John Anzalone, an adviser and pollster for Joe Biden, is working for an industry-funded lobbying group formed to help pass President Donald Trump’s NAFTA 2.0, which unions have thus far opposed. The announcement was first made in Politico Playbook.
Anzalone is the president of Anzalone Liszt, a prominent Democratic polling firm. He is joining Trade Works for America, an organization co-founded by Marc Short, who is now Vice President Mike Pence’s chief of staff. Funding for the group, which expects to spend $15 million to $20 million, comes from “the pharmaceutical industry, oil and gas, the automotive and agricultural sectors, and traditional GOP donors.”
Trade Works has bipartisan co-chairs: former Republican Governors Association Executive Director Phil Cox, and former North Dakota Sen. Heidi Heitkamp, a Democrat. Last year, when she was in office, Heitkamp declared NAFTA 2.0, which Trump has termed the United States-Mexico-Canada Agreement, “disappointing.” (Anzalone, as a pollster, isn’t required to register as a lobbyist if he doesn’t spend a significant amount of time talking directly to lawmakers or their staff.)
Unions share Heitkamp’s prior assessment. The AFL-CIO formally announced opposition to USMCA in its current form in March. “The NAFTA renegotiation requires strong labor rights provisions and strong enforcement provisions that as of today are not yet in the agreement,” their statement read. The agreement also locks in protections for certain pharmaceuticals, which progressives have loudly opposed.
Biden has sought to position himself as a union stalwart, kicking off his campaign at a Teamsters local and winning the endorsement of the International Association of Fire Fighters. But he also had his first fundraiser hosted by a union-busting lawyer, and this week he held another fundraiser in Los Angeles at the home of a board member of Kaiser Permanente, the hospital chain currently mired in a labor dispute with the National Union of Healthcare Workers. Health care workers picketed the Biden fundraiser on Wednesday. Now, his pollster has joined an organization dedicated to passing a trade agreement labor unions are against.
Biden has also set himself up almost entirely in opposition to Trump, while his pollster pushes to get Trump a win on trade policy, a signature issue for the president.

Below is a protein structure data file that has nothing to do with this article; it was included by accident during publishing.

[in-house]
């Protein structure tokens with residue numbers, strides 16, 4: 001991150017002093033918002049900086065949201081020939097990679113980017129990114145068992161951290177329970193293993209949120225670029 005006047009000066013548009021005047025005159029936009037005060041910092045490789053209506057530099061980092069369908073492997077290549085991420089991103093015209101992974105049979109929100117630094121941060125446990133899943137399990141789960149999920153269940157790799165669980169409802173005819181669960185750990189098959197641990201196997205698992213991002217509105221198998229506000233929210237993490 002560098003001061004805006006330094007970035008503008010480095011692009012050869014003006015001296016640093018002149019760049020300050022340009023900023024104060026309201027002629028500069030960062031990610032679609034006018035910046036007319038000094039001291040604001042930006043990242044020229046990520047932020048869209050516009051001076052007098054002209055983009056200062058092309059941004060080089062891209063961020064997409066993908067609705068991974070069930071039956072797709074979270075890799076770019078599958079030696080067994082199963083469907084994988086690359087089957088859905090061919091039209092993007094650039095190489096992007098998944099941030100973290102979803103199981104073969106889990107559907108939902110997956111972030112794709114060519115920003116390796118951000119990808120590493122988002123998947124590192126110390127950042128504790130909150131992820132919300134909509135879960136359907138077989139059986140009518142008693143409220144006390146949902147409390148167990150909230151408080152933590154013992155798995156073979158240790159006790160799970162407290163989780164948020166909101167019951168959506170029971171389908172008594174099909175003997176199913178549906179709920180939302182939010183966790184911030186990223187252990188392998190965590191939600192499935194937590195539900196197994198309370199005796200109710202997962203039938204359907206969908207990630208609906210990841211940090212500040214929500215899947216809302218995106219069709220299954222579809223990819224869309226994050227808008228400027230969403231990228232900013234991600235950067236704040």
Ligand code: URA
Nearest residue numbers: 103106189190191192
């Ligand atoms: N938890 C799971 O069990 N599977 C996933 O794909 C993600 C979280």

Owen E. Herrnstadt of the International Association of Machinists has laid out labor’s opposition to USMCA: There is no funding for enforcement or monitoring in the agreement. The labor standards are framed as “principles” rather than actual rights, and fields not involving trade or investment don’t have to abide by them. Also, workers cannot get employers who violate the agreement sanctioned on their own. It’s not even clear whether the murder of a trade union activist would qualify as a USMCA violation, since violations must occur “periodically and repeatedly.”
Mexico did pass amendments to its labor law, which unions had said must be completed before any agreement. The amendments give Mexican workers access to secret-ballot union elections for bargaining and contracts, and ban “protection unions” set up before anyone is hired. However, unions still believe it falls short.
Trade Works for America has been talking up the agreement on Capitol Hill, claiming that it will support 14 million jobs. As economist Dean Baker has noted, an analysis by the U.S. International Trade Commission estimated that USMCA would add 0.02 percent of gross domestic product to the economy per year, “an increment that would be essentially invisible.” And those increases are only secured through “greater certainty” for business investment, which makes no sense since there is already a trade agreement in place with Canada and Mexico and has been for a quarter-century.
The group has already spent nearly $700,000 on digital advertising and television, mostly targeting Democratic House members in swing districts.
Other politicians turned lobbyists working to pass USMCA include former holder of Rep. Alexandria Ocasio-Cortez’s seat Joe Crowley, former Republican Rep. Erik Paulsen, and former Obama administration Commerce Secretary Gary Locke.
A separate coalition working on the deal includes AT&T, John Deere, Kraft Heinz, the American Petroleum Institute, and the National Restaurant Association, with co-chair lobbyists who work for Cargill, Citigroup, Fiat Chrysler, and UPS.
A spokesperson for Biden did not immediately respond to a request for comment.